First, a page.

NYC bill aims to revive struggling hostel industry

TRD New York /
Jun.June 25, 2013 02:30 PM

A piece of legislation that would permit the licensing of hostels in the city is slowly snaking its way through City Council, the New York Observer reported.

The new law is part of an effort to correct the damage wrought by a 2010 bill — later crystallized into New York’s illegal hotel law — aimed at snuffing out short-term single-room occupancy residences and illegal multiple-dwelling lodgings that also wreaked havoc on the city’s hostel industry.

Resulting hostel closings cost the city $150 million and more than 200,000 tourists every year, according to some studies’ estimates.

Jerry Kremer, a former New York State assemblyman and founder of Empire Government Strategies, is behind the bill, which Mayor Bloomberg and Speaker Christine Quinn also support.

The measure calls for setting up an independent office within the city Business Integrity Commission for licensed hostels, defined as “class B multiple dwellings providing food, lodging and other services to travelers.” A hostel unit, by the law’s definition, sleeps four to eight guests and does not permit stays of more than 29 days.

The push to develop hostels in New York City comes alongside a growing trend towards funky boutique hotels and hostels, such as the New York Freehand location proposed by Sydell Group in May. The developer purchased three parcels on Wythe Avenue in Williamsburg, a neighborhood pegged as a potential hostel hotspot, for $10 million last year.

“The city is very underserved by affordable options for the youth and budget traveler, and this is not good for the culture of the city or for the economy,” Andrew Zobler, founder and chief executive of the Sydell Group, told the Observer. [NYO]Julie Strickland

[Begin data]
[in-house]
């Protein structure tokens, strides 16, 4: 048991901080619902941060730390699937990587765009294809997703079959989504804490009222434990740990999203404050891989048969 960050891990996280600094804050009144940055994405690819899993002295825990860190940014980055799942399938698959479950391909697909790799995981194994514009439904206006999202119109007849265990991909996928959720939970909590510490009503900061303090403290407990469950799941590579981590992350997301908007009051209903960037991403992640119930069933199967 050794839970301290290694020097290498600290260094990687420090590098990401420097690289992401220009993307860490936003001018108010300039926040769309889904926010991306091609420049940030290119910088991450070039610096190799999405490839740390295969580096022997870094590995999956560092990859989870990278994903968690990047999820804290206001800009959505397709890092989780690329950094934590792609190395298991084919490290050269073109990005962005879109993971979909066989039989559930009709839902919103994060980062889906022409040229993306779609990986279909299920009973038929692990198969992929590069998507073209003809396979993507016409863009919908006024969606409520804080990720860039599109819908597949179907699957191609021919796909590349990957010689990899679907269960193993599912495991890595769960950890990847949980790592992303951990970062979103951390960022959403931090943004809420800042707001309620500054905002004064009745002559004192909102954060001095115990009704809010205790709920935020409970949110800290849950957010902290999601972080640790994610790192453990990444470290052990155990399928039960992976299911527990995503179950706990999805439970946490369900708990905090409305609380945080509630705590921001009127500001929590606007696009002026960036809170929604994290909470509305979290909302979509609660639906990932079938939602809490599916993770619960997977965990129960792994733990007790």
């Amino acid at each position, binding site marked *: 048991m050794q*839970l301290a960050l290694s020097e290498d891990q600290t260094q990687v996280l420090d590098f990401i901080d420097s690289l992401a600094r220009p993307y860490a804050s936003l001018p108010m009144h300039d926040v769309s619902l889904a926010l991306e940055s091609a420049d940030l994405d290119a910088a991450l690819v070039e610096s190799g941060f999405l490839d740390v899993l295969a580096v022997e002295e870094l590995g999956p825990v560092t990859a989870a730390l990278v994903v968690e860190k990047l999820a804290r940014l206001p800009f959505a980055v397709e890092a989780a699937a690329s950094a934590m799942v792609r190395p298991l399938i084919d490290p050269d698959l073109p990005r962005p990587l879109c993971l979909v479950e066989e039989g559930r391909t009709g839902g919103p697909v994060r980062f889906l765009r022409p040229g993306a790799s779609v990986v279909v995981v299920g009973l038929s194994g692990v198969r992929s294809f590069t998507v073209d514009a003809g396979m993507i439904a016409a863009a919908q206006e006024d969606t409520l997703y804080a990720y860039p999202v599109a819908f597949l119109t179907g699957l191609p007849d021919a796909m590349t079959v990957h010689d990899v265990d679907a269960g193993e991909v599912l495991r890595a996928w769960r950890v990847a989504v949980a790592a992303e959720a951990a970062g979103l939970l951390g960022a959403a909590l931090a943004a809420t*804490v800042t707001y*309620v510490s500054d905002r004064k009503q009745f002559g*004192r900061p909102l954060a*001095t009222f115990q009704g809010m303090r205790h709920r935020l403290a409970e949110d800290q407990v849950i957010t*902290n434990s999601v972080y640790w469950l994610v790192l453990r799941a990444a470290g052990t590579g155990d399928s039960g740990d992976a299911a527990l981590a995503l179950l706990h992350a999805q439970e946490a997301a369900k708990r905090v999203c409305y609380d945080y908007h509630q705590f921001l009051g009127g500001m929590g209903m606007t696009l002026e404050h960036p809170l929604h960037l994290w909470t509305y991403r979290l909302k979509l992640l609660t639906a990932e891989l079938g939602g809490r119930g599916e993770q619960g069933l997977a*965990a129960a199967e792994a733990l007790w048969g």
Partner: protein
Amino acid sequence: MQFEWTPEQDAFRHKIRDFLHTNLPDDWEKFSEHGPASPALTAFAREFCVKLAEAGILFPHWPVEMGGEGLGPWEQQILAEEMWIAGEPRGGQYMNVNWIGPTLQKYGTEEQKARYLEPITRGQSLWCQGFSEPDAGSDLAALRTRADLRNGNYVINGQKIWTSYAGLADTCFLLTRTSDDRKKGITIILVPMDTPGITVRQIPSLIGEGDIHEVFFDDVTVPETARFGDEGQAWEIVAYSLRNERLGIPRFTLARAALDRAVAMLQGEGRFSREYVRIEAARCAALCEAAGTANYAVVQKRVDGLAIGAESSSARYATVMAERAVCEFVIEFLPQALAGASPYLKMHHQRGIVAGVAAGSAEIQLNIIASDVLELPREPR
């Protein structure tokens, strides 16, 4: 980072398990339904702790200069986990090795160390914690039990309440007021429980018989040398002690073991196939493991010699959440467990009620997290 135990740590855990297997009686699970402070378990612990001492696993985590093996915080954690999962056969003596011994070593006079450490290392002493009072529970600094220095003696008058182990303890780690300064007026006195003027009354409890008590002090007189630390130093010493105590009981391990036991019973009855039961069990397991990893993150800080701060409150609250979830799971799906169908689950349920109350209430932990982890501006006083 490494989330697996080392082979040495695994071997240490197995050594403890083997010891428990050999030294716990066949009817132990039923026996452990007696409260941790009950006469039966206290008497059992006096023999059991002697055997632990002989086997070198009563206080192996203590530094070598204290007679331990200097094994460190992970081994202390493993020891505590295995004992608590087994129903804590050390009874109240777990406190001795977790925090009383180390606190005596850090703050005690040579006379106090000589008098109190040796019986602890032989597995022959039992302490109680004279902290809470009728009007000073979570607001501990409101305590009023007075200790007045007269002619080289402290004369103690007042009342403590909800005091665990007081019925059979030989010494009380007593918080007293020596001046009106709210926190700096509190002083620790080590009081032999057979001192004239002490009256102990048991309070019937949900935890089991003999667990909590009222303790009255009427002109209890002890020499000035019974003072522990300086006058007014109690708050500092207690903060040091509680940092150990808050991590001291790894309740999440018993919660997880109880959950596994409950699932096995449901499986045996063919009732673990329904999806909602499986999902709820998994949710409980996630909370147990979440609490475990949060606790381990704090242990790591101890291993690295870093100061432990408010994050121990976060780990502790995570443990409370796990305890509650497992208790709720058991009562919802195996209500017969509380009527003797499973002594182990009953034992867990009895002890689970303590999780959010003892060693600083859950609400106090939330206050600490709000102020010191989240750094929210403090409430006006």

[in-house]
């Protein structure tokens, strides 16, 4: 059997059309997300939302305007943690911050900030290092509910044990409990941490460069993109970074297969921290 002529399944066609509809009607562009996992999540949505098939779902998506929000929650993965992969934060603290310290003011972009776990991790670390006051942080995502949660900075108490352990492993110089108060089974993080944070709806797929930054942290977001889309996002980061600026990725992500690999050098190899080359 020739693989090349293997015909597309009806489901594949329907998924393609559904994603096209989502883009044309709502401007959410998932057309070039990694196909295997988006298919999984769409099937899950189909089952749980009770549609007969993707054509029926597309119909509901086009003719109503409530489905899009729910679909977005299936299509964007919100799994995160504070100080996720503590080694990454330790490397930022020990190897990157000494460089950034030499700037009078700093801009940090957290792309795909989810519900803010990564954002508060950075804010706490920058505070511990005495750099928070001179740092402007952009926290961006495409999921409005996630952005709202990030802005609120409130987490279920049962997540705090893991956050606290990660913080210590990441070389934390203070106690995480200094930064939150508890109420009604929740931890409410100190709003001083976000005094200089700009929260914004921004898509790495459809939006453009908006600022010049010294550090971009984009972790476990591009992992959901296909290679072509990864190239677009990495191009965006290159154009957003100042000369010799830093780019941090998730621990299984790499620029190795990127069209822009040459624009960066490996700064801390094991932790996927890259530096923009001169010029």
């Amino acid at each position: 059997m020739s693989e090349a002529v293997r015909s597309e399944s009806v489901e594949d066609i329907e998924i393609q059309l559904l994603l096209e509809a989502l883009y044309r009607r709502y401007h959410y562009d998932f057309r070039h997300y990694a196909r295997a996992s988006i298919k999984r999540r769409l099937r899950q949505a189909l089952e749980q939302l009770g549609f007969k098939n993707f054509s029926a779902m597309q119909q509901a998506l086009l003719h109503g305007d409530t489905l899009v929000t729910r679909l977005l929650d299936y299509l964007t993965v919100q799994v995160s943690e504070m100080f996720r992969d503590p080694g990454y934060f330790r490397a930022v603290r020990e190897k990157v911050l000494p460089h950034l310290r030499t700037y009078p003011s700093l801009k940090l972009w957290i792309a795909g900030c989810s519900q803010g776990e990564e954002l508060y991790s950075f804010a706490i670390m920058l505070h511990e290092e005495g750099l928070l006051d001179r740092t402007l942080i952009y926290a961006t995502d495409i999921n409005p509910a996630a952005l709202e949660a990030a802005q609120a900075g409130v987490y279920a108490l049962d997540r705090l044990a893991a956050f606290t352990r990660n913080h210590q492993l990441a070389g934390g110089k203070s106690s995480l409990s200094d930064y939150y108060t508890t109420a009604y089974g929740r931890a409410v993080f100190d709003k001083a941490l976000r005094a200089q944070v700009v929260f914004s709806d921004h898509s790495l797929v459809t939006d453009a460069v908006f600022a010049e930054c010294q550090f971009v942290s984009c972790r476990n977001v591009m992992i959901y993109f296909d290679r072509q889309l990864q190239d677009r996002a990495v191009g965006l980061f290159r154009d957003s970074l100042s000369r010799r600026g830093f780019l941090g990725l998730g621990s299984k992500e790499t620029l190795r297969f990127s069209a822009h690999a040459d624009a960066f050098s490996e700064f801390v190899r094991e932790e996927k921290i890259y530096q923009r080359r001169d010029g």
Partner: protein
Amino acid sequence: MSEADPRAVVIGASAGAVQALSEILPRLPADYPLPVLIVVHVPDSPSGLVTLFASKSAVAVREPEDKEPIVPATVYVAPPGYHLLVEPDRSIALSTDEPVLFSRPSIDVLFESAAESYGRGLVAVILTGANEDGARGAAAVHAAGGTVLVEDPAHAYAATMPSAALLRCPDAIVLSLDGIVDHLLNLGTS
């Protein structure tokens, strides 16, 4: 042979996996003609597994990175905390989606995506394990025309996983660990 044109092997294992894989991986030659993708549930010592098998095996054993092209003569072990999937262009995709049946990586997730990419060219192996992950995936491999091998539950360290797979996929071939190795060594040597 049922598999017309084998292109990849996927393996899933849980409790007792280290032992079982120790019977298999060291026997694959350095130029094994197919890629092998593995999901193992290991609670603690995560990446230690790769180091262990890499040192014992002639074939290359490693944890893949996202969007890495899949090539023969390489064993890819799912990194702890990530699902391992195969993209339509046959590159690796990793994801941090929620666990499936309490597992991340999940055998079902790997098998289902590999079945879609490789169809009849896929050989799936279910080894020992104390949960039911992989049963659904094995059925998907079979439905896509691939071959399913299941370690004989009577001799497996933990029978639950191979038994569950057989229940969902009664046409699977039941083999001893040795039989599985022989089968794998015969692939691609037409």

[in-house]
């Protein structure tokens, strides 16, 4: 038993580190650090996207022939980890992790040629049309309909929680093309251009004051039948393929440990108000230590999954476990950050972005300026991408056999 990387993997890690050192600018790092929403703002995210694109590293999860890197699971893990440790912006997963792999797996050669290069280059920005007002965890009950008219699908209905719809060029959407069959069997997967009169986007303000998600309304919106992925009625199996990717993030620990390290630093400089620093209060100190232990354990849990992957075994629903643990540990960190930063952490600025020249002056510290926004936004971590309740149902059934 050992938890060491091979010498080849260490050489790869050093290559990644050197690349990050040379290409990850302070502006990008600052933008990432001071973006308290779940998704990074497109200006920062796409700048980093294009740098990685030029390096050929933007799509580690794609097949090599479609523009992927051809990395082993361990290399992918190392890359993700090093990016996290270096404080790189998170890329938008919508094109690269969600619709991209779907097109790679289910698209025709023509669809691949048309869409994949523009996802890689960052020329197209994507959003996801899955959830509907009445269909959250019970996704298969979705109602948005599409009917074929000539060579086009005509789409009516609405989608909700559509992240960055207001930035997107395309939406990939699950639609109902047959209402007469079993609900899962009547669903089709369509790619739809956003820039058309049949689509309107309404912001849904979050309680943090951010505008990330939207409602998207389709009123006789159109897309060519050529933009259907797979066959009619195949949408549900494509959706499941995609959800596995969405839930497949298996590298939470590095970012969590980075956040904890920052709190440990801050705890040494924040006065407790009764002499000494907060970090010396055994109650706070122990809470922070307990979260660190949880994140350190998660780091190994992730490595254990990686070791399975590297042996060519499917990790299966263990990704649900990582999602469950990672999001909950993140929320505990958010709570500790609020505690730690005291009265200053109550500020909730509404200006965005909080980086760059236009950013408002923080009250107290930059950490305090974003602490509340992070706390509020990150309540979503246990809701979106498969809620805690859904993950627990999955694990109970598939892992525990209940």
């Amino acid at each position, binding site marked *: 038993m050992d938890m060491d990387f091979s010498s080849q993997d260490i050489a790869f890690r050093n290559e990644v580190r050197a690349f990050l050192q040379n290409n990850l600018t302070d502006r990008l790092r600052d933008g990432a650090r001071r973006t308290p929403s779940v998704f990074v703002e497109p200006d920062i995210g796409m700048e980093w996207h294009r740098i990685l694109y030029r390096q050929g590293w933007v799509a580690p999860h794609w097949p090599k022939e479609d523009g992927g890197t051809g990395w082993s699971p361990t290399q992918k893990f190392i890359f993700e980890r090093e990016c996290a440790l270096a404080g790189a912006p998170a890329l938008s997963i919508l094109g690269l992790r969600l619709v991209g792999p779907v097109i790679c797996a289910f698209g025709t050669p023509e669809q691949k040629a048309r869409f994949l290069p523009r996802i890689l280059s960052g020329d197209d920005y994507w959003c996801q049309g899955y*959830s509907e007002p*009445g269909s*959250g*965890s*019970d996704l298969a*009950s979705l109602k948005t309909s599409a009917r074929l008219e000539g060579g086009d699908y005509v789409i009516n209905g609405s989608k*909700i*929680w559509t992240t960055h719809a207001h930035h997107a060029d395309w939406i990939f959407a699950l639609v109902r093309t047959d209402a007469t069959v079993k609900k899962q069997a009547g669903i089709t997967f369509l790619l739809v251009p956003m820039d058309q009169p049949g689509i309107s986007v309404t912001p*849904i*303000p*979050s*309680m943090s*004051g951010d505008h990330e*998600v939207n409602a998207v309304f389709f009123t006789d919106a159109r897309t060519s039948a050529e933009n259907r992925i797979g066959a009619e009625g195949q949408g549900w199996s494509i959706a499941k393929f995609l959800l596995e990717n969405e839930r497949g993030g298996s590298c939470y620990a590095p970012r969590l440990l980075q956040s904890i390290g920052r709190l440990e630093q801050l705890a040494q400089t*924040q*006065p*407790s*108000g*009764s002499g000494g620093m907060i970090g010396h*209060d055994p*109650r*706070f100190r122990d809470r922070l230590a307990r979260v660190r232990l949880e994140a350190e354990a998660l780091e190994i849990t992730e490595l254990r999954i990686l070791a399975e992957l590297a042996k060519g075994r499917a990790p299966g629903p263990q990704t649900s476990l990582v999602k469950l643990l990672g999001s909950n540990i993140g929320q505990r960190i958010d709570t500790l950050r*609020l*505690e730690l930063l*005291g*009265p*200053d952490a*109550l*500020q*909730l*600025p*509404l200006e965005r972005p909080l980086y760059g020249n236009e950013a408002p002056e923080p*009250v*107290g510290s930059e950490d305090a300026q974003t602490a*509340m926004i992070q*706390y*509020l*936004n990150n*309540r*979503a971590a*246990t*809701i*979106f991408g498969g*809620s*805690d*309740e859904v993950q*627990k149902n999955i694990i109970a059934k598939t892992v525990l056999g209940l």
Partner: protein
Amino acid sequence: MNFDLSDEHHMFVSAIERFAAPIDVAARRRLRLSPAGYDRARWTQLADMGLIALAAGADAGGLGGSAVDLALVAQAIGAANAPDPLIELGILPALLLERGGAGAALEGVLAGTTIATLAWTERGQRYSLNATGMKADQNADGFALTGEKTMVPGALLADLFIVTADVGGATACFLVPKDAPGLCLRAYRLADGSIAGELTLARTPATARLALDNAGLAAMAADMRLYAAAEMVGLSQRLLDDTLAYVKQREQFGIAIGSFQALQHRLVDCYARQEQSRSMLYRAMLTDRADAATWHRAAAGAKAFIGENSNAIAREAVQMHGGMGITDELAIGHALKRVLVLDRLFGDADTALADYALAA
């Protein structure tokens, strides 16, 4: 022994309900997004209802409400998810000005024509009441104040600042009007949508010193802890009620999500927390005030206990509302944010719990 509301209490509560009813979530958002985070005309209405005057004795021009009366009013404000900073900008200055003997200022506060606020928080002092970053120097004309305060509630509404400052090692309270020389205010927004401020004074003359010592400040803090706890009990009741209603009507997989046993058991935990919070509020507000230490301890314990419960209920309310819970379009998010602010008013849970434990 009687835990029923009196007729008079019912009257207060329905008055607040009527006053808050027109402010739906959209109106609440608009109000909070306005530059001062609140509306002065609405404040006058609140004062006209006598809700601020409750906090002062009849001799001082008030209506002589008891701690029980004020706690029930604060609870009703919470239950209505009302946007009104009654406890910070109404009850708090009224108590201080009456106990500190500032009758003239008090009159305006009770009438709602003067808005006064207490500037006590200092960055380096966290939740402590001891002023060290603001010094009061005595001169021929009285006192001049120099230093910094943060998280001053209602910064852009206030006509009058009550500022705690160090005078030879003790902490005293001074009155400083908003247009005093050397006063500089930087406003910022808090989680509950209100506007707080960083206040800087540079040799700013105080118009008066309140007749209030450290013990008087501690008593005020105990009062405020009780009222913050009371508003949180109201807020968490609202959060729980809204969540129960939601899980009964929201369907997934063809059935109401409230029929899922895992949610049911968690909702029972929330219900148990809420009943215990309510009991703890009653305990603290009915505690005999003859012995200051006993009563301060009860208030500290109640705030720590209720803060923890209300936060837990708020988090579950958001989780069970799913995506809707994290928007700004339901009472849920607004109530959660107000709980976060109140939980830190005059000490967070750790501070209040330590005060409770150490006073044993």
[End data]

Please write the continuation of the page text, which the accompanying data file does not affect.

Related Articles

arrow_forward_ios
RedSky Capital's Benjamin Bernstein and 247 Bedford Avenue (Credit:  ICSC and Apple)

Williamsburg whiz kids facing major markdown on $1B retail portfolio

227 Grand Street in Williamsburg and Michael Lichtenstein of Heritage Equity Partners (Credit: Google Maps, Heritage Equity Partners)

It’s bankruptcy time for Michael Lichtenstein LLC in Williamsburg

REBNY president Jim Whelan (right) and Council member Robert Cornegy (Credit: Getty Images and iStock)

REBNY asks city to help landlords pay for lead abatement

93 North 9th Street in Williamsburg, Thor Equities' Joe Sitt, and a KAWS statue (Credit: Google Maps and Jim Bowen via Flickr)

Acclaimed artist KAWS pays $17M to expand Williamsburg studio

166 Berry Street in Brooklyn and Wharton Properties’ Jeff Sutton (Credit: Google Maps)

Jeff Sutton pays record price in Williamsburg: brokers

A rendering of  280 Meeker Avenue CW Realty Management CEO Cheskie Weisz (CW Realty Management)

CW Realty to bring mixed-use project to troubled Williamsburg site

269 Wallabout Street in Williamsburg (Credit: Google Maps)

On to the next one: Rabsky planning yet another Brooklyn project

58 Union Avenue (Credit: Google Maps)

Brooklyn binge: Rabsky Group plans to bring 65-unit project to Williamsburg

arrow_forward_ios